Wright Randolph
Cincinnati, Ohio

Our word is defined as a noun, "long and patient endurance of injury or trouble" or as an adjective, "enduring injury or provocation long and patiently" (Random House); or as a verb, "to bear with" (W. E. Fine).

For our purpose in this paper a more pertinent definition is seen in the footnote by Vine: "Longsuffering is that quality of self-restraint in the face of provocation which does not hastily retaliate or promptly punish. It is the opposite of anger and is associated with mercy, and is used of God."

Longsuffering is a characteristic of God, and ought to be of His people in this day.

"The Lord is not slack concerning his promise, as some men count slackness; but is longsuffering to usward, not willing that any should perish, but that all should come to repentance" (2 Pet. 3:9).

Adam and Eve

"Longsuffering" is associated with God and the Bible abounds in ever-living demonstrations of the subject. God gave to our fore-parents in the garden a simple, and easy to be understood, law to circumscribe their lives; a law of permission and prohibition. Both Adam and Eve allowed themselves to be deceived and the deception led them to violate God's law. None would deny God the right to have put an end to the human race then and there. However, "longsuffering" entered in and the pair, with their dependents, were saved for the possibility of salvation through the proffered mercy of God.


Noah is one of the better remembered characters of Old Testament history. He is acclaimed by the writer of the Hebrew letter as a man of faith who "prepared an ark to the saving of his house" (Heb. 11: 7). All gospel preachers point to Noah as a man of faith, and he was. Yet, after his successful experience of weathering, the flood, "and he planted a vineyard: And he drank of the wine and was drunken; and he was uncovered in his tent" (Gen. 9:20, 21). This would have been a sufficient act to have warranted God to snuff out the life of Noah. But, the "longsuffering" of God enters once again and he does not "hastily retaliate or promptly punish."

Lot's Wife

Lot's wife violated God's command "look not behind thee," and was immediately turned into a pillar of salt. Lot would not act so foolish but later, like Noah, he imbibed of the wine also and in a state of drunkenness fathered children by his daughters. What a ghastly crime; an insult to God. Again, but for the "longsuffering of God," whose self-restraint prevented it, Lot's life could have justifiably been taken.

Other Instances

Throughout the history of the Old Testament there is instance alter instance of flagrant rebellion against God. He was "tolerant;" when man sinned, God was "longsuffering."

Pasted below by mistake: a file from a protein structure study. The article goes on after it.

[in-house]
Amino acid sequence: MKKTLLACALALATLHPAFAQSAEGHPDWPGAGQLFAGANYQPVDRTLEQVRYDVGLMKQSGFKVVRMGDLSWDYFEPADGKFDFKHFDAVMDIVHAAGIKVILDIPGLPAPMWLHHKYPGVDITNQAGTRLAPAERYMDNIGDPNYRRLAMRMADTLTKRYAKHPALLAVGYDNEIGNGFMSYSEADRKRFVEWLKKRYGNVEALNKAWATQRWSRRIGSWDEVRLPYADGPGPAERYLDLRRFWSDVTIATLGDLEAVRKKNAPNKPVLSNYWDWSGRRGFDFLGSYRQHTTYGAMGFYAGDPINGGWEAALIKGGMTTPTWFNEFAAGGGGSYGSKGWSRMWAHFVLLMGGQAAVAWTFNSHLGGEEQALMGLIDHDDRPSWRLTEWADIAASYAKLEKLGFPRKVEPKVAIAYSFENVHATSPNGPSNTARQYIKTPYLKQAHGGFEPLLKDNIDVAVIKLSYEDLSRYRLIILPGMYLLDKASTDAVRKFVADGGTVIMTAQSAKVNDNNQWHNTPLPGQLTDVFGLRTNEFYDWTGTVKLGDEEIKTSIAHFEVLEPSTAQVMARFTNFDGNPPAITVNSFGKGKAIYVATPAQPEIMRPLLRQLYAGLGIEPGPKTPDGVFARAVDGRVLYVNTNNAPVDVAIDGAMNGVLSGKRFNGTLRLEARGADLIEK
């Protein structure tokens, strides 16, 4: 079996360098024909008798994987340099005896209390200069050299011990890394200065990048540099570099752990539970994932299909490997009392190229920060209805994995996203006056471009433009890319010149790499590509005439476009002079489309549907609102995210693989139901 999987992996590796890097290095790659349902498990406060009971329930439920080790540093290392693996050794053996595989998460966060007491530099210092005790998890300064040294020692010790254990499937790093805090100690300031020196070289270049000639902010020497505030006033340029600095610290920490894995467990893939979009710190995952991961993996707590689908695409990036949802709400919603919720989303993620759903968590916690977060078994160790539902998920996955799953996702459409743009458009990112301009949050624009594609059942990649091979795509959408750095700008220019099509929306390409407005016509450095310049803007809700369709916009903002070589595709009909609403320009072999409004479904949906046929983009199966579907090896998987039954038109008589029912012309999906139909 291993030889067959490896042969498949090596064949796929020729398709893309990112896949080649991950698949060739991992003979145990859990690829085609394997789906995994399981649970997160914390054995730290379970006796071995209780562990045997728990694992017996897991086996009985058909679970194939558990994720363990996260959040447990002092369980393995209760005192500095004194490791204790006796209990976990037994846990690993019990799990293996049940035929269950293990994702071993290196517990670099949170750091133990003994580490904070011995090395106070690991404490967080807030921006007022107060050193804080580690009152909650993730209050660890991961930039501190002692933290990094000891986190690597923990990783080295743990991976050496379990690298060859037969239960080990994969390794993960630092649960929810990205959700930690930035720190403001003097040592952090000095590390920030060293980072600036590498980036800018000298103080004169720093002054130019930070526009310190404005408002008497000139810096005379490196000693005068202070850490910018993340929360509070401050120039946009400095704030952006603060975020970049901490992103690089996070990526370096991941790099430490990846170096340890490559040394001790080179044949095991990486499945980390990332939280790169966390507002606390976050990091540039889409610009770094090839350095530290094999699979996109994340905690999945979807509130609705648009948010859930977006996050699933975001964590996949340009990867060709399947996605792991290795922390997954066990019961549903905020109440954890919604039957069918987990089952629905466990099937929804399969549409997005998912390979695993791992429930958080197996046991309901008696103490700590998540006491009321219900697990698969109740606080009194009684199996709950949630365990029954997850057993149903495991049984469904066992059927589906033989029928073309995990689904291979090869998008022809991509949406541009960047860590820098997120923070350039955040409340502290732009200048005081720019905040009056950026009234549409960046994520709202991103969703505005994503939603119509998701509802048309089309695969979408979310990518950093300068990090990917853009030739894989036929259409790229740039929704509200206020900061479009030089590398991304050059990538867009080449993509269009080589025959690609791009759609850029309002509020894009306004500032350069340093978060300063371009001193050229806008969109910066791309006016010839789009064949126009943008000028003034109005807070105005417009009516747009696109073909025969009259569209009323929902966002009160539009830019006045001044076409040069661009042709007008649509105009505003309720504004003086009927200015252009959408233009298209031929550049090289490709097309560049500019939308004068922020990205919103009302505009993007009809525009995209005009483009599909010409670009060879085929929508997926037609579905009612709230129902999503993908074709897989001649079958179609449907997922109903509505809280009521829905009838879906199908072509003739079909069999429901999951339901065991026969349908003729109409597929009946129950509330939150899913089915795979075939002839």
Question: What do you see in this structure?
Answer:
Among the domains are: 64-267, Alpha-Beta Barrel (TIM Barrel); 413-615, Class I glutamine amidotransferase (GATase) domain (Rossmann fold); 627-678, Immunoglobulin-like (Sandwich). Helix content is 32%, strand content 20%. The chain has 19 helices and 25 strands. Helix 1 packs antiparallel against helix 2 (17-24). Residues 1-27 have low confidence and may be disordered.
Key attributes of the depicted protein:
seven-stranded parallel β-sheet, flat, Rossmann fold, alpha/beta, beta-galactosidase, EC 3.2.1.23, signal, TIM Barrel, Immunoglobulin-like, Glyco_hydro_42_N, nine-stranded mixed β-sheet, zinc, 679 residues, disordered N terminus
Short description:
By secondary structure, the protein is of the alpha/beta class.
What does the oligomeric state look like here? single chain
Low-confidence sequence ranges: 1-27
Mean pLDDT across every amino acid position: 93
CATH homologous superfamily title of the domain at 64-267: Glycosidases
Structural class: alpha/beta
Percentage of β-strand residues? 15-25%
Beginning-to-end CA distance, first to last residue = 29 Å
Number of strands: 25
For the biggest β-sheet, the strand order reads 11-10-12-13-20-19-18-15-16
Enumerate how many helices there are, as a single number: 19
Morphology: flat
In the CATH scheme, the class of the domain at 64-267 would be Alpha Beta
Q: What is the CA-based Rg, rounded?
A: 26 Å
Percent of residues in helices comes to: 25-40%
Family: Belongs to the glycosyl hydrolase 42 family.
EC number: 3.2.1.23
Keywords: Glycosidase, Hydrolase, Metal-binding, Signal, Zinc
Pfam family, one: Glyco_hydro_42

Simon Peter lied, in that he denied acquaintance of Jesus at the time of His arrest and trial, and a dastardly and heinous crime it was. Once again, God's "longsuffering" is present and Peter was spared to receive the commission to "feed my sheep" {John 21:17).

These are interesting and arresting insights into the "longsuffering" of a loving Father; His being tolerant when He could have slain; His granting mercy when He could have "promptly punished." In all these we are inclined to "be on God's side." We condemn those who so sinned.

What of our day? Where would we be today if it were not for the "longsuffering" of God? Why should God have tolerated all the insults of the human race through all the generations of Men? Why should the Lord Jesus Christ have suffered such "contradiction of sinners;" to have suffered, bled and died on the hill of Golgotha? Why should He "restrain" himself when he looks upon the indifference of his people; when He observes our lack of conviction; when He sees our lackadaisical attitude, so void of zeal and determination? Yet, through the mercy of our God He does not "promptly punish" but is willing to "bear with" his children.

We are as the scoffers of old who said; "Where is the promise of his coming? For since the fathers fell asleep, all things continue as they were from the beginning of the creation" (2 Pet. 3:3, 4). We seem to be immune to the warning of God that "he hath appointed a day, in which he shall judge the world in righteousness by that man whom he hath ordained" (Acts 17:30).

As it was in the days of wickedness before the blood, God could well say "My spirit shall not always strive with man, for that he also is flesh" (Gen. 6:3). We should remember, that even though God's mercy is ever extended as it was when He, through Noah, preached to the spirits in prison "Which sometime were disobedient, when once the longsuffering of God waited in the days of Noah, while the ark was a preparing, wherein few, that is eight souls were saved by water" (I Pet. 3:19, 20), there will be the day of accounting! "Wherefore, beloved, seeing that ye look for such things, be diligent that ye may be found of him in peace, without spot, and blameless. And account that the longsuffering of our Lord is salvation" (2 Pet. 3:14, 15).


July 23, 1970